Thanks, Amy. If you go back to my older post about Ebert (linked above), in that post, there is a link to a great article about him, his struggle with his illness, losing the ability to talk and to eat, yet leading such a full and fulfilling life, giving so much.

Also, his final blog post is just bubbling over with all his plans. Although it's sad that many of those will not come to pass, to think he had such plans and such hopes when he was so ill is really wonderful. And he died peacefully with the love of his life by his side.

Good for him... sad for us.

laura k said...

Oh, I meant to say, in that older article about Ebert, he talks about losing Gene Siskel, how hard it was to recover from the loss. They were incredibly close friends and colleagues. I hadn't known that before.

Amy said...

I did read about his last Twitter post. At first I saw only a portion of it on the news, and it sounded like a farewell, but then when I realized it was not a farewell at all, I realized how he must have, at the very end, gone very quickly. In some ways that must have been a shock to his family, but his wife said it was very peaceful and painless so I suppose maybe that was for the best.

Amy said...

Yes, they played the role of rivals and "foes" very well on television, but you could always tell that there was a great deal of mutual respect and that they were having a lot of fun.

I will read the other post you wrote. Just hope it doesn't make me cry! (In reference to a comment I made the other day---these are the kinds of things that do bring tears to my eyes. It feels personal, even though I never met the man.)

Amy said...

Thanks, Laura, for directing me to the other post and the other related links. Not sure how I missed that earlier post about his blog, and I am sorry I did. Yeah, definitely a little teary, thinking about him writing that last post with so many dreams and hopes that he never saw to fruition, but comforted also by his own views on death and his healthy attitude about it.

laura k said...

I also thought his final post was a goodbye, until I read it.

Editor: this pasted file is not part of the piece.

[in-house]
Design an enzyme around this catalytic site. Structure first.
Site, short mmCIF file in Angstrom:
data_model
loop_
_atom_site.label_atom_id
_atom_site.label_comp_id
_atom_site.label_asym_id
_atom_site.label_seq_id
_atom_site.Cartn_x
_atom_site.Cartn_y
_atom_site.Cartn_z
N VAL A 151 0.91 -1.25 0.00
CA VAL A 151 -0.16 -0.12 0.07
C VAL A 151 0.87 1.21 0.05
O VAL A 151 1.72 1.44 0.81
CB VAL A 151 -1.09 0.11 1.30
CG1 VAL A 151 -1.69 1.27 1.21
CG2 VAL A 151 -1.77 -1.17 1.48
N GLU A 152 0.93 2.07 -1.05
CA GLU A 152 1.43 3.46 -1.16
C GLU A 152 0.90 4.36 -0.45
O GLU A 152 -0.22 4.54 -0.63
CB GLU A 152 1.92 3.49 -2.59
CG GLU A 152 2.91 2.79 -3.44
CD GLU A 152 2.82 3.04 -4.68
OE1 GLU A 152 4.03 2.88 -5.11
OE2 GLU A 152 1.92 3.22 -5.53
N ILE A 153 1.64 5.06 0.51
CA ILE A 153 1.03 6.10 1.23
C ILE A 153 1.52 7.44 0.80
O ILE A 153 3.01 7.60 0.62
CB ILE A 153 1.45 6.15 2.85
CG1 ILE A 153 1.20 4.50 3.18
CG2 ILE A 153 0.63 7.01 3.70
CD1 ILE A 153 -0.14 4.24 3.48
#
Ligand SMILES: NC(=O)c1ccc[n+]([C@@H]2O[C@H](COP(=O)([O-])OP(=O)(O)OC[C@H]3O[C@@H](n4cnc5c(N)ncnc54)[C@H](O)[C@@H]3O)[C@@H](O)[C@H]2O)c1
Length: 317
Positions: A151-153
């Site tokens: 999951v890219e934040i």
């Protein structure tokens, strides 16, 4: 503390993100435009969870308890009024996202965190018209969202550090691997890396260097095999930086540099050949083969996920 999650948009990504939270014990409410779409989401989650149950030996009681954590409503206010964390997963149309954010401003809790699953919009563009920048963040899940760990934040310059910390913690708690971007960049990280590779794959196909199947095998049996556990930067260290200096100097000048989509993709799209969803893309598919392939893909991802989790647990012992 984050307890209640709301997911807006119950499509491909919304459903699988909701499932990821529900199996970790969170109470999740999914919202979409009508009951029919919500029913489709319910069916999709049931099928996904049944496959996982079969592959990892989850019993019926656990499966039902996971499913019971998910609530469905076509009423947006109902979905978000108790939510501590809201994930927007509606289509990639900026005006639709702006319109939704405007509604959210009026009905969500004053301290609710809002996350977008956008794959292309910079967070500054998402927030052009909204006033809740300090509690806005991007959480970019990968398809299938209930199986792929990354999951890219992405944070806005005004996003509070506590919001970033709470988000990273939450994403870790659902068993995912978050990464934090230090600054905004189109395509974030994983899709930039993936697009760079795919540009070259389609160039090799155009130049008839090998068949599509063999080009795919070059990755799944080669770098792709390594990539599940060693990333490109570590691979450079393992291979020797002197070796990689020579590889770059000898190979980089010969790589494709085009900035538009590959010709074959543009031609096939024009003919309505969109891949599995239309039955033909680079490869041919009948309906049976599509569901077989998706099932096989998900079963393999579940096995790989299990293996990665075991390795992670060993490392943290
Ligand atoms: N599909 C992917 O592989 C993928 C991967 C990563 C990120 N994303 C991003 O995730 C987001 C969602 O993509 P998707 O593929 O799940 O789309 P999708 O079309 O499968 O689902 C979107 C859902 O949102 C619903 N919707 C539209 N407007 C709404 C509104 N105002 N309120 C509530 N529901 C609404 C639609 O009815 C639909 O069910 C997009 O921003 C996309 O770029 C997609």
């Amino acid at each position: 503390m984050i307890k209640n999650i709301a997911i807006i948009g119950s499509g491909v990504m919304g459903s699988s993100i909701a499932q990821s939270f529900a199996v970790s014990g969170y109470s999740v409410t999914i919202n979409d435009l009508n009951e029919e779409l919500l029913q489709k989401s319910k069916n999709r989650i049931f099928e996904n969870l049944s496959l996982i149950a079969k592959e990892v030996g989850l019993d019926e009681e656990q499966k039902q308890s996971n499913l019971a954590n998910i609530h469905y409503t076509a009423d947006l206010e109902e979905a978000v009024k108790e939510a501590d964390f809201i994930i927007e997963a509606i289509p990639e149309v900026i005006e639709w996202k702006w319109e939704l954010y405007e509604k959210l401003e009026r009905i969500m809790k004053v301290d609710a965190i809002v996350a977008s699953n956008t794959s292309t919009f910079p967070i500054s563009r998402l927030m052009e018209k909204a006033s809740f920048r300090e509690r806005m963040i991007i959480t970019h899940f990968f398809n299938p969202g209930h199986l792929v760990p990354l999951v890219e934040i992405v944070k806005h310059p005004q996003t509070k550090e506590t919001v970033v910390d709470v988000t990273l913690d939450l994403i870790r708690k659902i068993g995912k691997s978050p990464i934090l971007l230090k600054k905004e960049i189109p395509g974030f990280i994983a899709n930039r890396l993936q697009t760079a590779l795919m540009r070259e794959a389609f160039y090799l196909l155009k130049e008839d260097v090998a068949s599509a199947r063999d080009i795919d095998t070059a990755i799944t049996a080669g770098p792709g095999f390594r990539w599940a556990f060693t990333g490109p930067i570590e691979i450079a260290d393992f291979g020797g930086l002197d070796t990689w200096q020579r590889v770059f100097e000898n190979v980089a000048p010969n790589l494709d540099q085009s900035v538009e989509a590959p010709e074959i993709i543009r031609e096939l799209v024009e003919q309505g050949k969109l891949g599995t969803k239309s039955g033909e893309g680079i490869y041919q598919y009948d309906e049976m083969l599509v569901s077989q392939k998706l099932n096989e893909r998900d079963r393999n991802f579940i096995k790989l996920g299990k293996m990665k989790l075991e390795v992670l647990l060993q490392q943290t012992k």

I never imagined Siskel and Ebert were actually foes, but the way Ebert talked about mourning his friend, I realized there was a deep, abiding love.

I'm not sure what comment you're referring to?

I shed tears reading Ebert's last post, and Chaz's tribute. But everything makes me cry, so that is no measure of anything!

Amy said...

I don't recall which post, but in the one where you commented that you were always happy when someone reports that they learned something new from the blog and then said that even better was when someone reported that it made them cry. I then responded by saying that I rarely cry over things I read, unless they are about people I know or animals.

Amy said...

It was the baseball one about Dickey and Buehrle!

Amy said...

OK, no wonder you didn't remember it (since you seem to have an amazing memory)---it never went through! Either I never "published" it or it got lost somewhere in cyberspace, but that was the essence.

laura k said...

I never saw that comment! No wonder it didn't sound familiar. Good thing you mentioned it!

Of course I don't imagine readers are weeping. But when someone tells me they have tears in their eyes after reading something of mine, I think, bingo. Sounds awful, doesn't it?!

laura k said...

Now I know why I never saw that comment. It doesn't exist. :) Maybe you thought it but didn't type it, or maybe Blogger ate it.